Appeal from an order of the District Court for the Western District of New York.
Before L. HAND, CHASE, and FRANK, Circuit Judges.
On November 10, 1930, Ralph A. Stilwell, appellant here, was adjudicated a voluntary bankrupt. On March 23, 1931 he petitioned for a discharge, and the District Court ordered that due notice be published and mailed to creditors. There is no proof of compliance with this order and we may take it as established that no notice was given.Shortly thereafter the referee, who is now deceased, recommended that discharge be withheld until an unpaid balance on the expenses of the proceeding, amounting to $22.56, was paid. For the following nine years there is a hiatus. Then, on July 12, 1940, Stilwell - who, under the name of Earl V. Jones, had become a prominent and prosperous citizen of a distant city - paid the $22.56 which was due and, on the folloing day, was granted a discharge. Several creditors promptly petitioned to have the discharge set aside, for want of the requisite notice, and to have the proceedings for discharge dismissed for "abandonment". From an order granting this petition, Stilwell appeals.
The discharge was properly set aside. notice to crediors of the application for discharge is required by § 58 of the Bankruptcy Act, 11 U.S.C.A. § 94, and is essential to protect the opportunity of the creditors to present objections to the discharge. Its importance to creditors, as contrasted with its relative lack of irksomeness to debtors, is so great that courts will not require the ereditor to show that he was hurt, nor permit the debtor to show tht his adversary was not damaged. Notice is, in a shorthand phrase, "jurisdictional." See John B. Ellison & Sons v. Weintrob, 4 Cir., 1921, 272 F. 466; cf. Rash v. Metzger, 3 Cir., 1929, 31 F.2d 424.
That part of the order which dismissed the proceedings is another matter. The court below held, in effect, that the unexcused delay constituted laches, and barred a discharge. Appellant's explanation for the delay, apparently unconvincig to the court below, was a lack of knowledge that the discharge had not been granted. To a court of equity, however, delay alone seldom bars anything; the touchstone which converts the mere passage of time into laches is some prejudice, to one of the parties, proved or presumed. Here there was no finding either of specific prejudice to the creditors or of their inability, because of the lapse of time, to recall or to obtain evidence to support objections to the discharge. Without such a finding, there was no warrant for holding that Stilwell's discharge was outlawed by laches. The argument based on abandonment, again unless prejudice is shown, is certainly, as the record now stands, on treacherous grounds, since it is an attempt, by coupling appellant's intent with his delay, to avoid the difficulty arising from lack of the necessary finding, and thus to sidestep the very basis of equity's intervention when laches is shown. It may be that Stilwell's removal or his failure to prosecute the proceedings lulled the creditors into quiescence; but, absent such a finding, they are no more injured by a mere intentional forsaking of the proceeding than by delay alone. This is not to imply that, on proper showing, abandonment alone will not be a bar; but if it is not to become a refuge for those whose position is too weak to support a finding of laches, unequivocal proof of the intention to abandon must be offered. We are unable, on the record before us, to hold that the court below could have found either laches or abandonment. The order dismissing the proceedings is therefore reversed, and the case remanded with directions to receive evidence either of prejudice to the creditors or of a deliberate determination by Stilwell to forsake the proceedings.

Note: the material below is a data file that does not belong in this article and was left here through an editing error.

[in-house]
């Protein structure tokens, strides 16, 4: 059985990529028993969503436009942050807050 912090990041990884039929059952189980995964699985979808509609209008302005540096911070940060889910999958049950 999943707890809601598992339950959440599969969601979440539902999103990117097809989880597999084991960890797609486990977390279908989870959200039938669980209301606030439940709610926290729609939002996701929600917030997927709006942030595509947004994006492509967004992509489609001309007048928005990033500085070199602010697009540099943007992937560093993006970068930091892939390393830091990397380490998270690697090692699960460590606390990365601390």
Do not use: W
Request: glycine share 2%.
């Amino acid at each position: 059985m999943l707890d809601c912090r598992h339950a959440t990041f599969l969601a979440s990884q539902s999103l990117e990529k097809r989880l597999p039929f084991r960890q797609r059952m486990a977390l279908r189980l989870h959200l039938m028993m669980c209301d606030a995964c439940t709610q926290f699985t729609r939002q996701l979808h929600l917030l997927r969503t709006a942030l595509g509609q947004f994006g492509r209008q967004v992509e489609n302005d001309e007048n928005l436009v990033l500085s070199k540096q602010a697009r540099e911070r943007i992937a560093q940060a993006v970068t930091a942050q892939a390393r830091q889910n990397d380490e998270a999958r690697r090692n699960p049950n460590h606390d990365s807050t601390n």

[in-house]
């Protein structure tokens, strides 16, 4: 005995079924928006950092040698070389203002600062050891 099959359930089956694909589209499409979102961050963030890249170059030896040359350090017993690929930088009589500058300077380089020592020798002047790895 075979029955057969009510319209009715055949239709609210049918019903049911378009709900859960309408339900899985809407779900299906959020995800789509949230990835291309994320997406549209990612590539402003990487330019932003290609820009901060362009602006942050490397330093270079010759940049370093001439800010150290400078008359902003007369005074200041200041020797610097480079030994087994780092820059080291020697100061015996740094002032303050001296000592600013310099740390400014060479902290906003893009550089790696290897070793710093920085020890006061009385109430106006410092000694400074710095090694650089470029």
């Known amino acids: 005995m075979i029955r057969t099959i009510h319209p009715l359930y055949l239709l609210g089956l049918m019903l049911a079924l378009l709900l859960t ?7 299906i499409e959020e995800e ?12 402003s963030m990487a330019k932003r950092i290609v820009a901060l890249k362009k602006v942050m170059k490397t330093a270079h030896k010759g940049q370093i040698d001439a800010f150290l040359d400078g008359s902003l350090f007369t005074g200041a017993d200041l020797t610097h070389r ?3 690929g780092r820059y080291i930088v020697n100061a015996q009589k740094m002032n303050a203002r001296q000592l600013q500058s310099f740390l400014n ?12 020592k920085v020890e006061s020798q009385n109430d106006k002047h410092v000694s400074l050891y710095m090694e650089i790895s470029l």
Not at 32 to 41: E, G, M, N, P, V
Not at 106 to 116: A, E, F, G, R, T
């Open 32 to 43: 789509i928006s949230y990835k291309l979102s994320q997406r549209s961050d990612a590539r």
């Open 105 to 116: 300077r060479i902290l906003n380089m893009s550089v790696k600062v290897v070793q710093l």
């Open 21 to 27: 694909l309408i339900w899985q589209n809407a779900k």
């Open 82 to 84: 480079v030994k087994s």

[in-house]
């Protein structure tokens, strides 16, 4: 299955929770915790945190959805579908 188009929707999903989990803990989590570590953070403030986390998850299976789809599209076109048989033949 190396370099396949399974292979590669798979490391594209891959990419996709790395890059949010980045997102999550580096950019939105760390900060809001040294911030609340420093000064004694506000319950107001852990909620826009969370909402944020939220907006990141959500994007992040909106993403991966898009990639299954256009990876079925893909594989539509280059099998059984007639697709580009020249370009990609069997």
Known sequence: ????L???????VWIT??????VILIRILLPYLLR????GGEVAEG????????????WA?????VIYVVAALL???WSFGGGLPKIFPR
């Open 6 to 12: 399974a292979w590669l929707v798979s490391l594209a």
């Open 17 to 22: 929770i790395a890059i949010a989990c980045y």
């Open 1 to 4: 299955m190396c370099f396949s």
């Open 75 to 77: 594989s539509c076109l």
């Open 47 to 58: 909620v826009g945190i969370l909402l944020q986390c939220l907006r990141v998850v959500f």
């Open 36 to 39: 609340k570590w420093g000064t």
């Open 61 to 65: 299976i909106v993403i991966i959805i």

Order affirmed in part, modified in part, and remanded for further proceedings in accordance with this opinion.